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    5. Yah--I was in my mid-30s when I started seriously questioning...but my NM had done some really, really awful things to me when I was younger (like stealing my kids and keeping them away from me for 8 years), so I was clear on what a sicko she was well before that.

      They are predators. And not just emotionally. When I got a job when I was 16, I wasn't allowed to even have a bank account or cash my paychecks. I had to endorse them and give them to her. She would then give me money (out of my own pay) for bus fare to school and work, school lunches, and "incidentals" like hair spray and deodorant...suddenly I was pretty much self-supporting since I ate no breakfast, lunch at school, and dinner was a perk at work. She didn't even buy me clothes and screamed like she was being tortured should I get sick and need medical attention or drugs. I cannot begin to count the number of times she would tell me "a parent is entitled to the fruits of her child's labours." How smart you were to put your money in account she could not get her sticky fingers on!!

      I like to say "Google is your friend" to people who feel stuck in their relationships with their NMs. This blog is only one of many that address narcissism in general and narcissistic parents in particular. I've learned a lot, both through therapy and through the magic of Google. Just be sure to keep your critical thinking cap on because there are charlatans and abusers out there, trolling for victims, side by side with those of us who truly want to help and sometimes it can be a little tough to tell them apart at first.

      Thanks for your comment, and I hope to hear from you again.

      Cheers,

      Violet

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  5. Thank you for your blog.

    You can guess correctly that I'm here after searching the web for information regarding a Destructive Narcissistic Parent. I've got a doozy of a DNP mother.

    I didn't speak to my DNP mother for seven years over the cruel way she treated my wife and children. A friend recommended that I read the Dalai Lama's book "The Art of Happiness." He said it changed his life and perhaps it would change mine as well. This book teaches you how to forgive. You learn to forgive not for the sake of that other person, but you learn to forgive so that you can get over it and get on with your own life. It changed the way I interact with my DNP mother (we reconciled on my terms two years ago).

    My wife also forgave my DNP mother but had not seen or spoken to my DNP mother in nine years. Out of the blue, DNP mother tells me she "wants to make amends" with my wife and I said OK. The wife says "I'll do it for you if you ask me to, but not for her sake" and I said "OK, please do this for me." Now I knew that DNP mother asked to make these so-called amends because she was taking heat from her other long suffering children and her long suffering grandkids to "get the family back together," but there was a glimmer of hope there, in thinking that DNP mother somehow found a way to forgive too. Wrong. The wife and I spent an hour at DNP mother's house, listening to her talk about herself. No empathy, no apologies, no caring at all. After an hour of seeing that no apology was forthcoming from DNP mother, I said "ready to go?" to the wife and DNP mother jumps out of her chair and says "it's nice to have the family back together again." We didn't say a word and left.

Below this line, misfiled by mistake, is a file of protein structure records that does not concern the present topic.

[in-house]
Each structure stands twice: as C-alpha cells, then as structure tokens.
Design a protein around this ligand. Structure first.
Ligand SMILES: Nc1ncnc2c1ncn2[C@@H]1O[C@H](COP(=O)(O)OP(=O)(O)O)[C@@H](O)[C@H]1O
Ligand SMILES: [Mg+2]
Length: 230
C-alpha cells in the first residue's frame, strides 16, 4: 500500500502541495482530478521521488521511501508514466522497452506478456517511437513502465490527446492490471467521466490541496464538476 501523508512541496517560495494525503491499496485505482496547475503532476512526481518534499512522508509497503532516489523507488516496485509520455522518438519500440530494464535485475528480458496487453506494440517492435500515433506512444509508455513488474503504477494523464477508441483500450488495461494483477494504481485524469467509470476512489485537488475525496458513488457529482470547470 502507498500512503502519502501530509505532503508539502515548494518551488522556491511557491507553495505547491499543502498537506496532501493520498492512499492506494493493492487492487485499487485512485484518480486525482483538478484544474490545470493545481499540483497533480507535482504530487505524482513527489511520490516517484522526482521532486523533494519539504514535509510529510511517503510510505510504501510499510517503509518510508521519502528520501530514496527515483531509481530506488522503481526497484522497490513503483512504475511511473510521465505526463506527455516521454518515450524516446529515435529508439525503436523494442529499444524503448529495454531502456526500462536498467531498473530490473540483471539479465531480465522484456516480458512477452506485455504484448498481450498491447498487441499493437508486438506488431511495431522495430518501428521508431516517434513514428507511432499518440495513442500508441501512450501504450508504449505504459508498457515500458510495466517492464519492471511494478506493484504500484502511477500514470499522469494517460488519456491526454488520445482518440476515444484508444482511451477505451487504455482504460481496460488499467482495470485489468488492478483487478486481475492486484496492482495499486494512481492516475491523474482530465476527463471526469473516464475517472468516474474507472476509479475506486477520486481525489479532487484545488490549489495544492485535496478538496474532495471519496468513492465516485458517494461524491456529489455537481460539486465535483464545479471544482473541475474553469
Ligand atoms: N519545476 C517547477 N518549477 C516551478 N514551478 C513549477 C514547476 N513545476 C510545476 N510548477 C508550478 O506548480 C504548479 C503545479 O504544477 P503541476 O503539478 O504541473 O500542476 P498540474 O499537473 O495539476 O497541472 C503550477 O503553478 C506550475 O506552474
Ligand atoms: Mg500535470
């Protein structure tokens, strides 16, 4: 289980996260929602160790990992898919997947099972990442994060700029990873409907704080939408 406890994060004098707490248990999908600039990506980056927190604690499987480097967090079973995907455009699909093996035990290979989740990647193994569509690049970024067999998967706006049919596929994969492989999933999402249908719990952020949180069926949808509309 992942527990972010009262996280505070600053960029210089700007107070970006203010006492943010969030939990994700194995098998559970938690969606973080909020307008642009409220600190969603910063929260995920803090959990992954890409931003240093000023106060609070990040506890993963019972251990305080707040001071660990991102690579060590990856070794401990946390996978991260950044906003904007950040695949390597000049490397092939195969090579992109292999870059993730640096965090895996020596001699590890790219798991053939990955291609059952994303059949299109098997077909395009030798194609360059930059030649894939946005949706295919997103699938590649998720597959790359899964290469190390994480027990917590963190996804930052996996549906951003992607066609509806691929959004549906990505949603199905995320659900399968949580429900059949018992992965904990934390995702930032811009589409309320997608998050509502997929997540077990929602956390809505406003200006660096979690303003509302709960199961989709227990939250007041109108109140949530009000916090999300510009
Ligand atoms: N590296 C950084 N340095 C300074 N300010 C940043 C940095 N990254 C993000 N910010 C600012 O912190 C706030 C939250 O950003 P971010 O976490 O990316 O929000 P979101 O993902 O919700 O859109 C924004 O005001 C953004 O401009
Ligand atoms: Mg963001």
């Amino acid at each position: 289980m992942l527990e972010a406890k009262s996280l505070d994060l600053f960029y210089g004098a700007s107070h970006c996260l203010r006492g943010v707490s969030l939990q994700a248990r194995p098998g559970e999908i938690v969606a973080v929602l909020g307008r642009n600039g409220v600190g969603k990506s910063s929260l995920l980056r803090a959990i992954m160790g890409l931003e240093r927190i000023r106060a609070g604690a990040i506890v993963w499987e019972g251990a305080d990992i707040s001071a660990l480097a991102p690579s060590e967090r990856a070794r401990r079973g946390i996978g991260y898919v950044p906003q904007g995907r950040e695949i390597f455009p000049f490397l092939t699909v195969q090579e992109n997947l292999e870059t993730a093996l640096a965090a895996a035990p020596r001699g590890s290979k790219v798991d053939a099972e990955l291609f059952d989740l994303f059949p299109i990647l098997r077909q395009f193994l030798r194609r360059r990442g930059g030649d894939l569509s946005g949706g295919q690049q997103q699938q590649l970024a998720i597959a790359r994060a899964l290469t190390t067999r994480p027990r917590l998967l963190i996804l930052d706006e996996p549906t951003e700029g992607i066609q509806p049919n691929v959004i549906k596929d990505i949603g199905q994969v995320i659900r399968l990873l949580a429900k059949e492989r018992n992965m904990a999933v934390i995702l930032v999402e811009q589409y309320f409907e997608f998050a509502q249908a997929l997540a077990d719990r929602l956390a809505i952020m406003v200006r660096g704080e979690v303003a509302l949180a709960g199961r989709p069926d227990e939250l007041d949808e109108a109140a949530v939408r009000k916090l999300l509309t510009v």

I apologized to my wife for putting her through that. There was absolutely no satisfaction in that meeting and we both agreed that DNP mother was still a shallow, self-absorbed person whom we had to forgive once again. We choose to say away from her as much as possible now.

    Learning how to forgive is a valuable tool to learn for yourself. You must to be ready to learn how to forgive and then once you know how to forgive, the other person can whine all day long and it doesn't push your buttons. It's their problem and not yours anymore. Thanks for letting me vent. Kindest regards, a Child of the Self Absorbed

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    1. There are many viewpoints on forgiveness, yours being a common one. I do not agree, but that doesn't make you wrong...or right. What it means is that each one of us has a different view we must choose the path that works for us.

      For me, forgiveness can only come when the injuring party acknowledges his/her wrongdoing and apologises. Only then, I believe, can true forgiveness be given. Absent acknowledgement and apology, the injuring party continues to prey upon the victims and forgiveness in those circumstances is merely permission to continue with the hurtful behaviour.

      Dr. Susan Forward, in her book "Toxic Parents" addresses forgiveness and thinks it may be a harmful thing for the children of these people to forgive unrepentant parents because of the social expectations the adult child carries. Based on popular culture, these adult children expect that by forgiving their parents they will be magically healed and feel better about themselves and even their parents. When that doesn't happen they often become further distressed, feeling like failures because they can't even forgive "correctly."

      If forgiveness of an unrepentant narcissistic parent works for you, I am truly happy for you. If it got you out of the self-blame, "I'm not good enough," "what's wrong with me that my own mother doesn't love me?" self-torment that we ACoNs tend to live with, if it got the Critical Parent out of your head, I am genuinely thrilled for you...it worked for you and one more person has shaken off the shackles and dispelled the legacy of their narcissistic upbringing.